• Carried load of over 150lbs

  • Developed special dual tubed fork

  • Special Gearing

  • Developed Custom designed Trailer hitch

We will be refining the Velo design and have interested parties that have inquired if we can make one for them. Will update as refining and test continue.

The Velo and trike will be available for local mid distance adventures. Please email us to discuss:

Wednesday, May 5, 2010

Lets Go Harry! Swiss Adventure Cyclist will ride a Sidewinder Cycle

We are proud to announce the official launch and sponsorship of Harry Mueller, adventure cyclist who is planning on riding around the Americas (North & South). To follow Harry's adventure we will make post on our Sidewinder Cycle blog and Facebook Page.
Harry is setting out on an amazing adventure and one that we did not believe at first. Harry called us at the end of the year with this crazy story about wanting to ride to the tip of Alaska, then across Canada, head down back into the States then cross back over then down into South America. The kicker was that he wanted to do this on a trike.
Well, we finally talked enough that he convinced us that he was going to do this adventure and that the Sidewinder trike would be perfect. So now, he has just completed a test ride for us (600 miles) and is set to go forth on his adventure that honestly, is not that crazy to us after all.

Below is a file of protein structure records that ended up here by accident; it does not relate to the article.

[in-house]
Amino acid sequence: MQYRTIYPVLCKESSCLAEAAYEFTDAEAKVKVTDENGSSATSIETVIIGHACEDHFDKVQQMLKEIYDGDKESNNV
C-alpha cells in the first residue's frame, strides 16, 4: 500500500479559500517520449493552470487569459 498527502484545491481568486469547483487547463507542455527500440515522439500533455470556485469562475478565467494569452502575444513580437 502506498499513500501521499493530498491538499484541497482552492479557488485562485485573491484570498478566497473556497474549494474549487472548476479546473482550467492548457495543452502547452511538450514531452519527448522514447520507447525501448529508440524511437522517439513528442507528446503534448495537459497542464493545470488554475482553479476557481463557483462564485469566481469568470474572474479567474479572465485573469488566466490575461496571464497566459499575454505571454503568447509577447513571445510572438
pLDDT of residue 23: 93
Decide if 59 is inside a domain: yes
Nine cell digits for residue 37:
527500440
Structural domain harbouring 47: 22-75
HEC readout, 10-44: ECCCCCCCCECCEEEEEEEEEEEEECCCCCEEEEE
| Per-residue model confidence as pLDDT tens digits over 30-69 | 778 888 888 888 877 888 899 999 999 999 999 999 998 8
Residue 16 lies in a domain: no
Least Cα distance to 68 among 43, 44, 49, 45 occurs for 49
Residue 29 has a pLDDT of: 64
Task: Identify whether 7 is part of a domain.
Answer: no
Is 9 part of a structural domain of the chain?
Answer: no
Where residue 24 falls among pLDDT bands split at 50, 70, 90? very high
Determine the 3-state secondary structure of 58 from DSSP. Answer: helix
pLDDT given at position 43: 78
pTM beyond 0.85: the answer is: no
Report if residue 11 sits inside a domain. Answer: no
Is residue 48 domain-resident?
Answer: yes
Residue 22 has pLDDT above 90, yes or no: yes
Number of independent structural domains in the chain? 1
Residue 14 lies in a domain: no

There is so much to share on this story and the great thing is that it will be growing and continuing as Harry makes his way up through the states to Alaska. The next post will talk about the custom build we had to do (yes, we will share pictures) and our first ever Sidewinder Cycle Velo. We will also share the story behind Harry's motivation for doing this adventure and it will be a post you will not want to miss.

Tuesday, April 6, 2010

Mexico City parks bikes in key spots for Commuters

Officials in Mexico's capital have parked bikes in key areas and, for a fee, made them available to commuters in hopes of making a dent in the city's aggressive car culture and improving the air. Take a vast, teeming megalopolis where the car is king, bicycle paths are few and motorists often seem determined to mow down anyone not tucked behind a steering wheel.